In some ways I think that being a homosexual forces conformist and stereotyped behaviour onto a person; certainly all such people I have met have the ticks of the herd.
    Also whats wrong with bi-sexuality, yes I can see your fan boy style comment, but in terms of strict narrative it allows greater scope.

    However, that said I think your fan boy loathing is unfair, comics are often a valve for questions in the young. Look at Bryan Singer, a potter of the pink, who saw it as a metaphor for homosexuality and made ace films, or a black friend of mine who sees it in terms of race. So whats wrong if it addresses these things, even if slightly juvenile in approach. And as for lusting after forbidden fruit, well hey… :D

    I think the real complaint should be that comics are flat and dull in general, characterisation is lacking and nothing much can be done. Unless you have talented and committed people working in the industry again.

    Good comics are Strangers in Paradise, 100 Bullets, Frank Miller for pictures.

  7. 1 June 2006 at 06:32

    Hopefully they’ll portray the lesbian aspect of the character in a believeable way, rather than in a way that appeals to what they think stereotypical lesbians act like.

    I guess stereotypes exist for a reason. My gay friends in some ways conform to a stereotype here and there, but not necessarily all of them. I don’t know. It can be hard to extract yourself from a stereotype when someone discovers that you’re part of a certain group.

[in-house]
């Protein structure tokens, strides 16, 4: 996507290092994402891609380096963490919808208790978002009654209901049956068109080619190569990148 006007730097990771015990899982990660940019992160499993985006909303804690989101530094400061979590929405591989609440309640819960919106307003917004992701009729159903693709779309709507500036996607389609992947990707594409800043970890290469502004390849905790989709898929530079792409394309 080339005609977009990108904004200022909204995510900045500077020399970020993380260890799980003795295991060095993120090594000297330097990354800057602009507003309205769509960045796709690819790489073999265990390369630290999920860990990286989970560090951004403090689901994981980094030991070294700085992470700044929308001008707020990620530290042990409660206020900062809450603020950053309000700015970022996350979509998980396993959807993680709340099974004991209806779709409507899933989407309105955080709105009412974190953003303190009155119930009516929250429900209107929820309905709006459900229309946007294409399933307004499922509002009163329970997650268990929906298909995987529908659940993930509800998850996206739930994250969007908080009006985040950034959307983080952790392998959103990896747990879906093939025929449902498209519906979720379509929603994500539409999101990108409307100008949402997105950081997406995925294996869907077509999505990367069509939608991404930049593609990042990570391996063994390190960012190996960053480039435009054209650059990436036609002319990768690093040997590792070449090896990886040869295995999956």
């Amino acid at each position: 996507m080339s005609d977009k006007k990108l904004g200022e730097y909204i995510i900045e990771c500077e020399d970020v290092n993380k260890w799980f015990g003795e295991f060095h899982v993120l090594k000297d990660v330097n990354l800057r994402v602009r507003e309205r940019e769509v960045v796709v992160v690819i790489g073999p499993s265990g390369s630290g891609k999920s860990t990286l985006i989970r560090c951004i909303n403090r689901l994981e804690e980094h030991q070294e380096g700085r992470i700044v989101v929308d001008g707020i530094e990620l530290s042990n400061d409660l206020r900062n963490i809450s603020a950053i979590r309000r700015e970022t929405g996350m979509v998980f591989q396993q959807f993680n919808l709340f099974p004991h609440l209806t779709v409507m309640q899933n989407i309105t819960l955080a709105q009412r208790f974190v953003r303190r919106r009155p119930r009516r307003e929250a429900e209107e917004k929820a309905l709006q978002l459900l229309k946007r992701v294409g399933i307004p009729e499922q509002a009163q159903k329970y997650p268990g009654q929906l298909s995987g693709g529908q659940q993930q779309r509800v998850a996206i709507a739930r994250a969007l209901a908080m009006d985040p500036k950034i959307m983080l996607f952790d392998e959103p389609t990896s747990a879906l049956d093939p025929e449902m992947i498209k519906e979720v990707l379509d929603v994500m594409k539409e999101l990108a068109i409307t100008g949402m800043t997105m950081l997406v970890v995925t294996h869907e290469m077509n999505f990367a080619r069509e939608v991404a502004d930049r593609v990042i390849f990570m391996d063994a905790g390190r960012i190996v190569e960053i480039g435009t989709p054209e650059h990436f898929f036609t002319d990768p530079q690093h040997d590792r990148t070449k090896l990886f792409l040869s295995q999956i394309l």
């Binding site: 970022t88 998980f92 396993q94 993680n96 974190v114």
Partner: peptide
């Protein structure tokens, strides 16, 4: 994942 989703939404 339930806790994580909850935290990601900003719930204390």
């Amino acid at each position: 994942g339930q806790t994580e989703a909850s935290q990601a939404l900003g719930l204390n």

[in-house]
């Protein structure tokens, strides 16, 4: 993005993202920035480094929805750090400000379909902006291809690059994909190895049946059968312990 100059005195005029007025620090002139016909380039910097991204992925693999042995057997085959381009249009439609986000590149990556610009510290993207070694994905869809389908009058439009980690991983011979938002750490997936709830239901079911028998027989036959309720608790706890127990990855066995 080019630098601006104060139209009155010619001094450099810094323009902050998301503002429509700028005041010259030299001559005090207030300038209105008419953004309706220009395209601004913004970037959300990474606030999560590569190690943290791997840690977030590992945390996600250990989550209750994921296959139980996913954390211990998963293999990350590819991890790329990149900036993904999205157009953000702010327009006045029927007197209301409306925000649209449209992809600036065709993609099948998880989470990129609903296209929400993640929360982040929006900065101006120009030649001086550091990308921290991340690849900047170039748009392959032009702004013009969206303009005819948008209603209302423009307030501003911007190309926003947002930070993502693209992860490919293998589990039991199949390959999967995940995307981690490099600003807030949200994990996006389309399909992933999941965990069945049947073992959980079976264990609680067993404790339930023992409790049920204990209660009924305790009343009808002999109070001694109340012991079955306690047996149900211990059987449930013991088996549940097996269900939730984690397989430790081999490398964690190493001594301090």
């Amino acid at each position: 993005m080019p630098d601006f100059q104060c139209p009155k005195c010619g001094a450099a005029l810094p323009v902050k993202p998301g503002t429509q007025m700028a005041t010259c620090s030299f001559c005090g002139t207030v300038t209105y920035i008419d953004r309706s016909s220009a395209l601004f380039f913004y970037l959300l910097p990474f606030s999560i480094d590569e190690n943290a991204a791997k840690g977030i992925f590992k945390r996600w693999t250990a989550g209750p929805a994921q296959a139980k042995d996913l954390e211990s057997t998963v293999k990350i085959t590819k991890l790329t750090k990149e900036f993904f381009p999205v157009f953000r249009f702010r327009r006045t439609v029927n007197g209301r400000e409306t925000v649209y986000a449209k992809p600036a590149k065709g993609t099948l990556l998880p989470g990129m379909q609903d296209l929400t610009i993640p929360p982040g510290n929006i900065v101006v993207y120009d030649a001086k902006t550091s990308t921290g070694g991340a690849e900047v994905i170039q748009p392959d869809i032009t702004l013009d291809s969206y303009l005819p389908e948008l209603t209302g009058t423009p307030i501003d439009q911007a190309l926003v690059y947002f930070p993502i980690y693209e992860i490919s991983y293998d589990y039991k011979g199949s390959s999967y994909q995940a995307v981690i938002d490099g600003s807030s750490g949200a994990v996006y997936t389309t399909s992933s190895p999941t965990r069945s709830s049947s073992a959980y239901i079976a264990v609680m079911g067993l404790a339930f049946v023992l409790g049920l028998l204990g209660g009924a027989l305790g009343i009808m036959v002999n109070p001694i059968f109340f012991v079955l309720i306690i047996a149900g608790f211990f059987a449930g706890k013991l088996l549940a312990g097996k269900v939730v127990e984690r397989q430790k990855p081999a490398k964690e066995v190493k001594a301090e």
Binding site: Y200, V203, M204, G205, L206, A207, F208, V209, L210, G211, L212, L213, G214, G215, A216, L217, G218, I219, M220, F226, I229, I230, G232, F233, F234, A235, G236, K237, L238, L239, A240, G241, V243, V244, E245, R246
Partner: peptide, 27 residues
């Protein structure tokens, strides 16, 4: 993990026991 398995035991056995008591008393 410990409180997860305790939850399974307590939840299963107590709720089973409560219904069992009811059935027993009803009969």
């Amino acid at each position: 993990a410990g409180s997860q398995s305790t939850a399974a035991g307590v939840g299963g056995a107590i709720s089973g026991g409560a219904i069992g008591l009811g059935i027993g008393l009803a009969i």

There is absolutely nothing wrong with bisexuality. I just personally get tired of mens’ reactions to bisexual women. It would provide another interesting dimension to a character, but it can also be a vehicle for male fantasies that I personally dislike, e.g. the idea that bisexual women are always up for a threesome. More generally: the stereotype that bisexuals are unfaithful and untrustworthy, and therefore they’re only good for short time fun, and not long term relationships.

    Though as you said, fantasy is fantasy for a reason. LOL. I’m certainly not immune to fangirlism. :)

    This is true, the X-Men books have that appeal to anyone who doesn’t feel that they’re a part of the mainstream.

    I stopped reading Strangers in Paradise when I stopped buying comics, but it is a good series. I never really got into 100 Bullets as that one emerged when I had already stopped.

    Most superhero comics are pretty dull as you said. I hesitate to read anything of that sort anymore, even the X-books.

    What I am looking forward to is Lost Girls this summer.

  8. 30 December 2006 at 16:03

    I like this new batwoman and i hate batman. i’m glad batmn isn’t in 52 cause i think he is a racist who only help whites